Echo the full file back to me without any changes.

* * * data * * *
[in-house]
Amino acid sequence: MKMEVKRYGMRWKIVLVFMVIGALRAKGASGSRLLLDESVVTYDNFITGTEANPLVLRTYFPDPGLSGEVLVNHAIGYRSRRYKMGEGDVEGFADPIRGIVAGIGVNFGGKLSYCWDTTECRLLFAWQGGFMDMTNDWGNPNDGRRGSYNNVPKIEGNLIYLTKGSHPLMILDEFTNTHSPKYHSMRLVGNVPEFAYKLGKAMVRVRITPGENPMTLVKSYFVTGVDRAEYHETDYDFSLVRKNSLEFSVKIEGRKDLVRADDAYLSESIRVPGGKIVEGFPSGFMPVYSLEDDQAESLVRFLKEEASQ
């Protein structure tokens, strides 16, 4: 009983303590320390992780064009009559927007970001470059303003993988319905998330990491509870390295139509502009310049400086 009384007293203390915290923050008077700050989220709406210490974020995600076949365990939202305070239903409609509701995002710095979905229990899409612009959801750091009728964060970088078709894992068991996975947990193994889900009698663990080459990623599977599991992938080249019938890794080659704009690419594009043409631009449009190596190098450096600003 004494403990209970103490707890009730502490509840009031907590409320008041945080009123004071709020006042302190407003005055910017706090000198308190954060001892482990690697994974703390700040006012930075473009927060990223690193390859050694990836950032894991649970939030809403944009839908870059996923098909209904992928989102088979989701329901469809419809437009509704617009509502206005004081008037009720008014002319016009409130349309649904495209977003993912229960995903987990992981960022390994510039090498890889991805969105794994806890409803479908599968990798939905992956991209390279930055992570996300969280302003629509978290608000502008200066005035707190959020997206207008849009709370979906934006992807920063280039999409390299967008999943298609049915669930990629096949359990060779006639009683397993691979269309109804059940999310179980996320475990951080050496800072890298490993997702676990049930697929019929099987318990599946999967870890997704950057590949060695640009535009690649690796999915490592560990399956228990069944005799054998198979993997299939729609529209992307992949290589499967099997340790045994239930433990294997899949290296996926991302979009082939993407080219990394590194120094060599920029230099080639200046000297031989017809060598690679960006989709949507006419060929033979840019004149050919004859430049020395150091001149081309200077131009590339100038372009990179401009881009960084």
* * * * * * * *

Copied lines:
[in-house]
Amino acid sequence: MKMEVKRYGMRWKIVLVFMVIGALRAKGASGSRLLLDESVVTYDNFITGTEANPLVLRTYFPDPGLSGEVLVNHAIGYRSRRYKMGEGDVEGFADPIRGIVAGIGVNFGGKLSYCWDTTECRLLFAWQGGFMDMTNDWGNPNDGRRGSYNNVPKIEGNLIYLTKGSHPLMILDEFTNTHSPKYHSMRLVGNVPEFAYKLGKAMVRVRITPGENPMTLVKSYFVTGVDRAEYHETDYDFSLVRKNSLEFSVKIEGRKDLVRADDAYLSESIRVPGGKIVEGFPSGFMPVYSLEDDQAESLVRFLKEEASQ
């Protein structure tokens, strides 16, 4: 009983303590320390992780064009009559927007970001470059303003993988319905998330990491509870390295139509502009310049400086 009384007293203390915290923050008077700050989220709406210490974020995600076949365990939202305070239903409609509701995002710095979905229990899409612009959801750091009728964060970088078709894992068991996975947990193994889900009698663990080459990623599977599991992938080249019938890794080659704009690419594009043409631009449009190596190098450096600003 004494403990209970103490707890009730502490509840009031907590409320008041945080009123004071709020006042302190407003005055910017706090000198308190954060001892482990690697994974703390700040006012930075473009927060990223690193390859050694990836950032894991649970939030809403944009839908870059996923098909209904992928989102088979989701329901469809419809437009509704617009509502206005004081008037009720008014002319016009409130349309649904495209977003993912229960995903987990992981960022390994510039090498890889991805969105794994806890409803479908599968990798939905992956991209390279930055992570996300969280302003629509978290608000502008200066005035707190959020997206207008849009709370979906934006992807920063280039999409390299967008999943298609049915669930990629096949359990060779006639009683397993691979269309109804059940999310179980996320475990951080050496800072890298490993997702676990049930697929019929099987318990599946999967870890997704950057590949060695640009535009690649690796999915490592560990399956228990069944005799054998198979993997299939729609529209992307992949290589499967099997340790045994239930433990294997899949290296996926991302979009082939993407080219990394590194120094060599920029230099080639200046000297031989017809060598690679960006989709949507006419060929033979840019004149050919004859430049020395150091001149081309200077131009590339100038372009990179401009881009960084």